Horizon Limit

Jonathan Wojack (j_wojack@hotmail.com)
Sun, 09 Aug 1998 11:53:59 PDT

>	I agree with your assessment.  Now that I have seen
>a flare at 12 degrees I have started searching as low as 5
>degrees (my local horizon limit) for flares.
>				Randy
>Walter said...
>As you can see by looking at the details below, I've been following
>glints to lower and lower altitudes.  I would like to question the
>limit for altitude provided by glint prediction programs (IRIDFLAR,
>John's program, GSOC, and any others).  1 or 2 degrees is probably 
>reasonable.  Individual observers will want to adjust that upward as 
>required by local conditions, but bright glints are visible at very low 
>altitudes.  I would believe a fractional altitude, i.e., less than 1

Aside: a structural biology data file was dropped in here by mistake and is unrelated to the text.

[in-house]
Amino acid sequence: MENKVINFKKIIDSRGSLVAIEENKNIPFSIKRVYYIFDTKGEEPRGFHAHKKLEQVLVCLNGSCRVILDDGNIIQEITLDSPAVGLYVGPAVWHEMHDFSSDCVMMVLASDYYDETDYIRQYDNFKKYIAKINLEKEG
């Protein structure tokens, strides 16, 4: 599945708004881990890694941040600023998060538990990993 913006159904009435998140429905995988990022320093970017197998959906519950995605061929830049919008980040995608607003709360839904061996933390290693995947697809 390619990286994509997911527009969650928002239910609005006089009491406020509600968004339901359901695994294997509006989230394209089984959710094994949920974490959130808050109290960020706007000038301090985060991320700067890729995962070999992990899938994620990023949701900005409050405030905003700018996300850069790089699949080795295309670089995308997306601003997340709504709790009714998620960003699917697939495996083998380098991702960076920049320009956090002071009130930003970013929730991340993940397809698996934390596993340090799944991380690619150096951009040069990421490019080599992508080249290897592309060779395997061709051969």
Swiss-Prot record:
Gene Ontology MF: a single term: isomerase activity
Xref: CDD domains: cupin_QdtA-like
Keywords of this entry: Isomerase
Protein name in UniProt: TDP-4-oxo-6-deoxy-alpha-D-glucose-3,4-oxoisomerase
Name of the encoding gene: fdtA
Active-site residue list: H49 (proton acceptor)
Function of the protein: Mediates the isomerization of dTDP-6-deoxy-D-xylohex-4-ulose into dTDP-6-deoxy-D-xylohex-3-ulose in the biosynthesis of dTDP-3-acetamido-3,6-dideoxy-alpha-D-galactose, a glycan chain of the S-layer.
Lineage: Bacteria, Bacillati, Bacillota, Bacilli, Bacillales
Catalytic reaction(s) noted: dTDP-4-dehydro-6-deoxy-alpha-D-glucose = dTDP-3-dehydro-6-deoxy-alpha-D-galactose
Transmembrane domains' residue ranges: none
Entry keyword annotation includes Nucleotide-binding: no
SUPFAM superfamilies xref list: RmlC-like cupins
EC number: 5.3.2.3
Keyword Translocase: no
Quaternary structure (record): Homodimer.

>degree, is possible.  In DC, in the summer, the Sun sometimes 
>at 20 or even 30 degrees altitude.  Typical urban or even suburban 
>environments can make observing at low altitude difficult.  We don't
>to frustrate newbies, but observers with good horizons shouldn't be
>bright glints. 

My horizonal limits are bad--
40 degrees N
5-10 degrees E, 5 degrees wide section
5-15 degrees SE, 5-10 degrees wide section
30-35 degrees S

Everything else is about 20-25 degrees.  On most satellite passes, I 
lose the satellite 30 seconds to a minute before it goes into the 
Earth's shadow.  My question is, is this O.K.?  I can see most of all 
the satellites that pass by, but I cannot see most of them fade out.  I 
haven't even tried for any Iridiums yet.  They are so low!


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